Financial technology (fintech) start-ups, including digital asset exchanges (DAXs), robo-advisory firms and equity crowdfunding platforms, posted impressive growth last year.
Azrina Azmel, deputy general manager at the Securities Commission Malaysia (SC), says the three local DAXs — Luno, Sinegy and Tokenize — saw 450,000 new accounts being opened from October 2019 till end 2020.
For comparison, new CDS accounts opened with Bursa Malaysia between 2016 and 2020 were 112,572, 141,993, 146,590, 159,333 and 423,264 respectively.
The number of new accounts opened with robo-advisory firms (also known as digital investment management platforms) were also significantly higher last year. According to Azrina, about 175,000 such accounts were opened in 2020.
Meanwhile, equity crowdfunding has seen a growth of over 170% in new accounts registered, with 65% of them being retail investors.
All of this shows that there is great demand from individual and retail investors who are looking to invest in various investment products and services made accessible to them.
“The growth last year could be due to various reasons. Perhaps the lockdown had partly contributed to it. For instance, those who couldn’t travel were left with disposable income and looked for alternative avenues to invest or diversify their investments,” says Azrina.
“There could be various reasons behind such growth. But the trend is clear — we saw significant acceleration in digital adoption across different segments of the capital market last year.”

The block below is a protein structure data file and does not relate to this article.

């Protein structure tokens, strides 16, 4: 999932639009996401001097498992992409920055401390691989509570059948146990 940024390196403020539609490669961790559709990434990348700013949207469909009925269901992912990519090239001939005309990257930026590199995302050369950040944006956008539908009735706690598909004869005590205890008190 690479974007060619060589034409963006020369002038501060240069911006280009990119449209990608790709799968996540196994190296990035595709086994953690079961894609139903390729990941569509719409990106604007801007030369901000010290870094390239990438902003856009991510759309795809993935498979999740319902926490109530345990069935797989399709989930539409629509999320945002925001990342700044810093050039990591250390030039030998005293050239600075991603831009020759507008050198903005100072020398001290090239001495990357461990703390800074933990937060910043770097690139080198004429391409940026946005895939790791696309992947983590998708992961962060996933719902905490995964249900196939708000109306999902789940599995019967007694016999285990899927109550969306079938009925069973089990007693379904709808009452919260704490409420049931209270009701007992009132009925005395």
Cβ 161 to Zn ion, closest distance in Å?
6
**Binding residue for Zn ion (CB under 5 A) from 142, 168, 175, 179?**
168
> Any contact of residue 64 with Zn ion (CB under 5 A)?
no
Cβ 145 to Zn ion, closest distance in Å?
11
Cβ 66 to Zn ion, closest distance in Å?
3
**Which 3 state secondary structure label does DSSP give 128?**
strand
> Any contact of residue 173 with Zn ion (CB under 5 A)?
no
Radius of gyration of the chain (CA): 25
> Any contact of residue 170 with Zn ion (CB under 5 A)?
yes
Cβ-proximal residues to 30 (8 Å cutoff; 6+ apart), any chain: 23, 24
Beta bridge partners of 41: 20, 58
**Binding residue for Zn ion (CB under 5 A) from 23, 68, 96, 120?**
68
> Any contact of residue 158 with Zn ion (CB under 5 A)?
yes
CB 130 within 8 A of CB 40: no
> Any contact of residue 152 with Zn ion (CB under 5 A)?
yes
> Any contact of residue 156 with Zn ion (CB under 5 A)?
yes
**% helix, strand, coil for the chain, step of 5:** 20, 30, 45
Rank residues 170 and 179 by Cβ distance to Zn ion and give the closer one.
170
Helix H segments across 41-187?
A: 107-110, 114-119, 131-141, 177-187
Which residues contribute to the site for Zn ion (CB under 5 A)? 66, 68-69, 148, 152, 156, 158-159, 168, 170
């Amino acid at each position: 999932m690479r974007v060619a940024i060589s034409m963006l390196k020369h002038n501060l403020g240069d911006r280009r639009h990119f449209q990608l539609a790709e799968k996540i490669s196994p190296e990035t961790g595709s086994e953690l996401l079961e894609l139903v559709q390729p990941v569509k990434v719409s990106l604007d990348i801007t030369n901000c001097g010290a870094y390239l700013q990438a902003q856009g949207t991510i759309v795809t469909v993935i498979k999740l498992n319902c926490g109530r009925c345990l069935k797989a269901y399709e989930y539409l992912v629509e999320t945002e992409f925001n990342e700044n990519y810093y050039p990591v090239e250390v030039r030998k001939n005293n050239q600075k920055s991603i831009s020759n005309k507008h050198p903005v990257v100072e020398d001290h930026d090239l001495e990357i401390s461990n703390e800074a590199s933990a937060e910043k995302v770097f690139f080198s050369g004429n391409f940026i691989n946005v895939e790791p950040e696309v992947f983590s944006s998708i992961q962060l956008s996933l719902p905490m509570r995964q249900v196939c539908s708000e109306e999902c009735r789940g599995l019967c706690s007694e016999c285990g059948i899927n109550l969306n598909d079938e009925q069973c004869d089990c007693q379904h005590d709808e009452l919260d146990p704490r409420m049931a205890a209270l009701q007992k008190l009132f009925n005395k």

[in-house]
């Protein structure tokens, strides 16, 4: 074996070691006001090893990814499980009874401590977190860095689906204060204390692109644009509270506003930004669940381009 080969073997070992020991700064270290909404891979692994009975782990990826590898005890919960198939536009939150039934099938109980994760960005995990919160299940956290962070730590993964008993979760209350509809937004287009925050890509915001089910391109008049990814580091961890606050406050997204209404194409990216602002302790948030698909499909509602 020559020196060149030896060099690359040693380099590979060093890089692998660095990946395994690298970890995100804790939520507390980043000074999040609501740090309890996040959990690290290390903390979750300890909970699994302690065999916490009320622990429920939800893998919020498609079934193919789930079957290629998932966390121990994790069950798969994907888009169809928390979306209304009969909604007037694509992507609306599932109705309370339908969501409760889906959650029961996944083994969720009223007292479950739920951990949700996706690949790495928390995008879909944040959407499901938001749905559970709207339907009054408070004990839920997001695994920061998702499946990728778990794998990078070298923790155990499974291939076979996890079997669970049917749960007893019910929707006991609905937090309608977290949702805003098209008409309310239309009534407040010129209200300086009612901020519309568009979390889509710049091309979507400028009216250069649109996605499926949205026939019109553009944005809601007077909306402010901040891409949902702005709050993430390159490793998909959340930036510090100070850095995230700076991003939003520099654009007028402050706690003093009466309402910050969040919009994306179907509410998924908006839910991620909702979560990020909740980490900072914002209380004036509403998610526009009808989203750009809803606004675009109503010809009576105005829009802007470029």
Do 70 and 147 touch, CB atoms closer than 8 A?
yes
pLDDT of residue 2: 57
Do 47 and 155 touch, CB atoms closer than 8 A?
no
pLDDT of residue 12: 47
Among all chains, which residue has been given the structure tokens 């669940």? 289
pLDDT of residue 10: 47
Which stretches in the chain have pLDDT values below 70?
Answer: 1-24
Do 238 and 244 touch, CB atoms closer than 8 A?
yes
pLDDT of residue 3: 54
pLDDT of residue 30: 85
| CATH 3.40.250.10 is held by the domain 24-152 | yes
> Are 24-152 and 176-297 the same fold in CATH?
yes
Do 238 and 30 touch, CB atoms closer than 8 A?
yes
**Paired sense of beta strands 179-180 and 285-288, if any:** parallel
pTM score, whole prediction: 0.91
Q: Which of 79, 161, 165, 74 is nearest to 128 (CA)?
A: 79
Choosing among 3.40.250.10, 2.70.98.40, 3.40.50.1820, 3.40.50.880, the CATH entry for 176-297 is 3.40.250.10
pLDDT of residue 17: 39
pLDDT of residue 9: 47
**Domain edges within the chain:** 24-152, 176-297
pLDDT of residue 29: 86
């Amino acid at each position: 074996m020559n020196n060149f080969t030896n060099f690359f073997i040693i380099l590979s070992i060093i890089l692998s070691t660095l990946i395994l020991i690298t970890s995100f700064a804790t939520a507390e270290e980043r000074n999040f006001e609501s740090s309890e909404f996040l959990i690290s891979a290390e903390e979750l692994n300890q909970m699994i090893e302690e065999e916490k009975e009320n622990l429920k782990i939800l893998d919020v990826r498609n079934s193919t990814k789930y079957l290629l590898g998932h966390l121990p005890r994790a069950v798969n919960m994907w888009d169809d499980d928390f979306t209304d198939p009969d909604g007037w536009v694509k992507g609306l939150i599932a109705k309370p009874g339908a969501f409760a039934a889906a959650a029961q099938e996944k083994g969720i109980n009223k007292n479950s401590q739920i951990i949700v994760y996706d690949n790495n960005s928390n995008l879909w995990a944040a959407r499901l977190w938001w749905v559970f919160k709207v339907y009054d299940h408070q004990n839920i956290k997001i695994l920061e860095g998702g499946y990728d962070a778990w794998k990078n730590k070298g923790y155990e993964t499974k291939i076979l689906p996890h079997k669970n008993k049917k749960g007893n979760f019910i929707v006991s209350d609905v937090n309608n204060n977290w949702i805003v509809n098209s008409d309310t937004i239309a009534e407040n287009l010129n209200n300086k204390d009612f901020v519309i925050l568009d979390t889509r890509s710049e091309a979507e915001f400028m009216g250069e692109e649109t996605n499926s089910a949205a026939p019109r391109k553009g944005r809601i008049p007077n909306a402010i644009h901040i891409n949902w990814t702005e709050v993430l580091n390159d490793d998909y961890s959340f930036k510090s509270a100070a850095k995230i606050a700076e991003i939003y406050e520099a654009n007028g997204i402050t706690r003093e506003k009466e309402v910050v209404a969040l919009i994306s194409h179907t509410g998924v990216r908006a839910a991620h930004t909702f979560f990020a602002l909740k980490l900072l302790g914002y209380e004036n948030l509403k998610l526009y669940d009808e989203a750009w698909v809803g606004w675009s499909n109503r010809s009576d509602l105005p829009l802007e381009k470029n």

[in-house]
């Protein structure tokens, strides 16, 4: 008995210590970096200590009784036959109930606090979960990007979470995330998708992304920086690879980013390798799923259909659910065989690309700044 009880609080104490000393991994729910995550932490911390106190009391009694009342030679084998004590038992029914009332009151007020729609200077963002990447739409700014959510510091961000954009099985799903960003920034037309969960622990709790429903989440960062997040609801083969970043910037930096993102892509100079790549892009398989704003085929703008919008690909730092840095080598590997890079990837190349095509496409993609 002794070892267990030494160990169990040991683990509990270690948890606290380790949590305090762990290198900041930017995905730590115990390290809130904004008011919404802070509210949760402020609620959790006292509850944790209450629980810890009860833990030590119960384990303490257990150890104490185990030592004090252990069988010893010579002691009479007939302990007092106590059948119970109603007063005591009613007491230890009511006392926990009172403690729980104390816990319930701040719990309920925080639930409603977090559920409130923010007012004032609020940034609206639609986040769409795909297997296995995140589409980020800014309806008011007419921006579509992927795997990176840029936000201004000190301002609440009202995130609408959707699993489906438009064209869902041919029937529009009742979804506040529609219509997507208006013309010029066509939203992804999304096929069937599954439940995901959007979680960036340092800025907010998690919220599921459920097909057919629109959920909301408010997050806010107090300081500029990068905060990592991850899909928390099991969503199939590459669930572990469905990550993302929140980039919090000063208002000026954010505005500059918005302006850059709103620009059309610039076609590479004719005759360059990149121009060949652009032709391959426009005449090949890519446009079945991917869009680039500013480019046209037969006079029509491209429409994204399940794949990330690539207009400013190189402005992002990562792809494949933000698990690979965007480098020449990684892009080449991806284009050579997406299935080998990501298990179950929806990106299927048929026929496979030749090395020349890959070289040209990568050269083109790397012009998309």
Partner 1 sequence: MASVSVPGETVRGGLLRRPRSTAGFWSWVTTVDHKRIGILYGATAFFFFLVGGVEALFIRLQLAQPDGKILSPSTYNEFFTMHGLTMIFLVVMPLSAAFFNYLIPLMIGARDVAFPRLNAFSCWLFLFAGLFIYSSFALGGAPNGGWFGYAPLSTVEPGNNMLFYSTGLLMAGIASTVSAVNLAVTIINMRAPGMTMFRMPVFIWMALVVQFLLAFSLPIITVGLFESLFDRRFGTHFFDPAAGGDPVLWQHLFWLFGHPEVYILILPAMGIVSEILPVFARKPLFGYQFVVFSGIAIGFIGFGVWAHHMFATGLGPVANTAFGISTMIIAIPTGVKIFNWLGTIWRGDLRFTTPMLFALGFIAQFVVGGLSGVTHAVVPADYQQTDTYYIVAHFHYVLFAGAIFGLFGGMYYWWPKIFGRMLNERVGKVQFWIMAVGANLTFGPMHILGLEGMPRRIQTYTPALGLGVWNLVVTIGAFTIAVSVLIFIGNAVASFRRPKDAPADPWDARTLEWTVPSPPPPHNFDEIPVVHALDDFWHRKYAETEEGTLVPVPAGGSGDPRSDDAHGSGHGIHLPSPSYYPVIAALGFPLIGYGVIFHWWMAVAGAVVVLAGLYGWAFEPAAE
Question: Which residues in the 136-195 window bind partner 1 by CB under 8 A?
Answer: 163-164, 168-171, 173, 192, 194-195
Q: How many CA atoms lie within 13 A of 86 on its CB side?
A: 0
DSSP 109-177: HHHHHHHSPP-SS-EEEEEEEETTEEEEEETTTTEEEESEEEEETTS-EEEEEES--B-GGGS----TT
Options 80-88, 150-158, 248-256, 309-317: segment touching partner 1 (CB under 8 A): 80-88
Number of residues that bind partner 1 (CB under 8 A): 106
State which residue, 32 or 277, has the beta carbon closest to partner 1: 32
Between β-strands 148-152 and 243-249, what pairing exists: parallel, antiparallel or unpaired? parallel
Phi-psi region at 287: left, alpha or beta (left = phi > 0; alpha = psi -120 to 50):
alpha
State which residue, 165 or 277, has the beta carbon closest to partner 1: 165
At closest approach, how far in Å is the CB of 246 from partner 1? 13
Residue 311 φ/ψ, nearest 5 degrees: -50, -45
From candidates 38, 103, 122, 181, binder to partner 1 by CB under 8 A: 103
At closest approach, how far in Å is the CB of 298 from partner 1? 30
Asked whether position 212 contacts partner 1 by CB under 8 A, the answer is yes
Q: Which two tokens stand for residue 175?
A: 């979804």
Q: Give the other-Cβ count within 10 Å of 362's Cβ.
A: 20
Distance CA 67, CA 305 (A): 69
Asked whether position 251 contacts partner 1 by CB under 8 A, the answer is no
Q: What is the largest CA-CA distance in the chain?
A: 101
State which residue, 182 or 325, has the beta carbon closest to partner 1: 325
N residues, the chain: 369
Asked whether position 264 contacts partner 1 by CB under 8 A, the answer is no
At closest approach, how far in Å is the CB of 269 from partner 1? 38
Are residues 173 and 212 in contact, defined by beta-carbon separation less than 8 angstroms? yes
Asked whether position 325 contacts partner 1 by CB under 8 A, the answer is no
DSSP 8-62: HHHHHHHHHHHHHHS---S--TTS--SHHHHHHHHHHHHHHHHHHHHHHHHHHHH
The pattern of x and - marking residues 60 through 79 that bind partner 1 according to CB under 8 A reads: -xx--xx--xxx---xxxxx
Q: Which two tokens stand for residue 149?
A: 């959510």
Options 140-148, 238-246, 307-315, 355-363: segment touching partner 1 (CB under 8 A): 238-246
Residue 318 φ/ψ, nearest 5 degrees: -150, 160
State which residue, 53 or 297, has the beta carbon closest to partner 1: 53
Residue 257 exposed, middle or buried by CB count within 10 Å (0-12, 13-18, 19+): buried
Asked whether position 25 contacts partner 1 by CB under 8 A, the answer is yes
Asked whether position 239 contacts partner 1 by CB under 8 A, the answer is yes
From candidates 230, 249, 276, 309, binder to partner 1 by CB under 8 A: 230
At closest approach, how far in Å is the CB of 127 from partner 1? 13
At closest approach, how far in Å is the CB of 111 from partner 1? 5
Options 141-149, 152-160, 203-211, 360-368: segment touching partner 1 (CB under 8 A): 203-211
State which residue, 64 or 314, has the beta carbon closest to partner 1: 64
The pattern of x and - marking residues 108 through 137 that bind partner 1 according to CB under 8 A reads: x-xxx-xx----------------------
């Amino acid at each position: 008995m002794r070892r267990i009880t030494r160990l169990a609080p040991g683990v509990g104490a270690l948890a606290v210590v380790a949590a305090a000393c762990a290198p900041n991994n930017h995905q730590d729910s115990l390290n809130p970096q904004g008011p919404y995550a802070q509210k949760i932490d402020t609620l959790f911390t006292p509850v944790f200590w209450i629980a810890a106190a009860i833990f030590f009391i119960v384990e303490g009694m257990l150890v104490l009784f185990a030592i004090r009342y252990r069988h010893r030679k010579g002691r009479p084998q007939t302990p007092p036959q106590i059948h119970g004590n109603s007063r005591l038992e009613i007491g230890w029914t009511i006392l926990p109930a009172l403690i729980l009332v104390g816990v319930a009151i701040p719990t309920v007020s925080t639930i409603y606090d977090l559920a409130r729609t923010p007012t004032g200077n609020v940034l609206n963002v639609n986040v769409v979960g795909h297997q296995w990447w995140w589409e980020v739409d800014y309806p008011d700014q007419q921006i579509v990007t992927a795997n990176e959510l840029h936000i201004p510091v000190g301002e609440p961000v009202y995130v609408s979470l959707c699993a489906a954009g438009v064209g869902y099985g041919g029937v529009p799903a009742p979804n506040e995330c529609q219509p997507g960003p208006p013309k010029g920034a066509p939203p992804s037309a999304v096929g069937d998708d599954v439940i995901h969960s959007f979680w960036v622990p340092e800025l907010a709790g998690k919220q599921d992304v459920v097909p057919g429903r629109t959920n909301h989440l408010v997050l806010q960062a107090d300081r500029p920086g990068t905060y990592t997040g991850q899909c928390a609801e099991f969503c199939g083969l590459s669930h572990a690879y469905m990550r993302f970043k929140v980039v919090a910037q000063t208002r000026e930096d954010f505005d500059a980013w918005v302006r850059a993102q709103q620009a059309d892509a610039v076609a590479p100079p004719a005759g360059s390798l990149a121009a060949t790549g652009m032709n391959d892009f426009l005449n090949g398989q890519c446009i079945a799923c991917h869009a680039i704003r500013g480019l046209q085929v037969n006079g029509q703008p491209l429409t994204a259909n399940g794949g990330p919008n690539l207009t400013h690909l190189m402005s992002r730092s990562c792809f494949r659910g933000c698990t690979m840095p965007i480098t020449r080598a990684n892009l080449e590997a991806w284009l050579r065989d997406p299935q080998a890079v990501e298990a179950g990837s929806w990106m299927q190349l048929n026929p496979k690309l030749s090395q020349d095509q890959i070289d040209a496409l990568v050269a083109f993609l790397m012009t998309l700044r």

She believes that fintech, which has led to new investment products and services, is a vital force that helps democratise investments. And it will continue to grow in the years to come as investors become more educated and informed.
SC focusing on Islamic fintech
Islamic fintech is the SC’s main focus this year, as can be seen from one of its initiatives — the launch of the Fikra Islamic Fintech Accelerator Programme (Fikra) on May 25.
Fikra is a joint initiative of the SC and the United Nations Capital Development Fund (UNCDF) to enhance the Islamic capital market ecosystem by identifying and scaling innovative fintech solutions in Malaysia.
Azrina says the Islamic fintech industry is relatively nascent compared with its conventional peers, while the offerings of Islamic fintech start-ups are similar to those of their conventional counterparts.
Fikra is aimed at facilitating more innovation in the Islamic fintech and Islamic capital market space, she adds.
“Besides product distribution through new channels, the accelerator programme aims to expand Islamic capital market offerings. It wants to enable greater connectivity, accessibility and inclusivity for issuers, investors and intermediaries in areas that include the halal, SRI (socially responsible investing) and Islamic social finance sectors.
“We are looking for unique Islamic fintech solutions that address the three challenges that we have identified in the Islamic capital market. For instance, there could be a solution that allows for better distribution of benevolent funds such as zakat and wakaf to targeted beneficiaries with enhanced transparency and efficiency,” says Azrina.
Shared prosperity, equitable wealth distribution, and responsible and sustainable investing are important values of Islamic finance, she explains.
“We want to see how Islamic fintech solutions can better help vulnerable segments of society, especially during pandemic times. It would be great to think that with technology, greater financial inclusion could be achieved by facilitating new solutions that can benefit the underserved or marginalised communities,” says Azrina.
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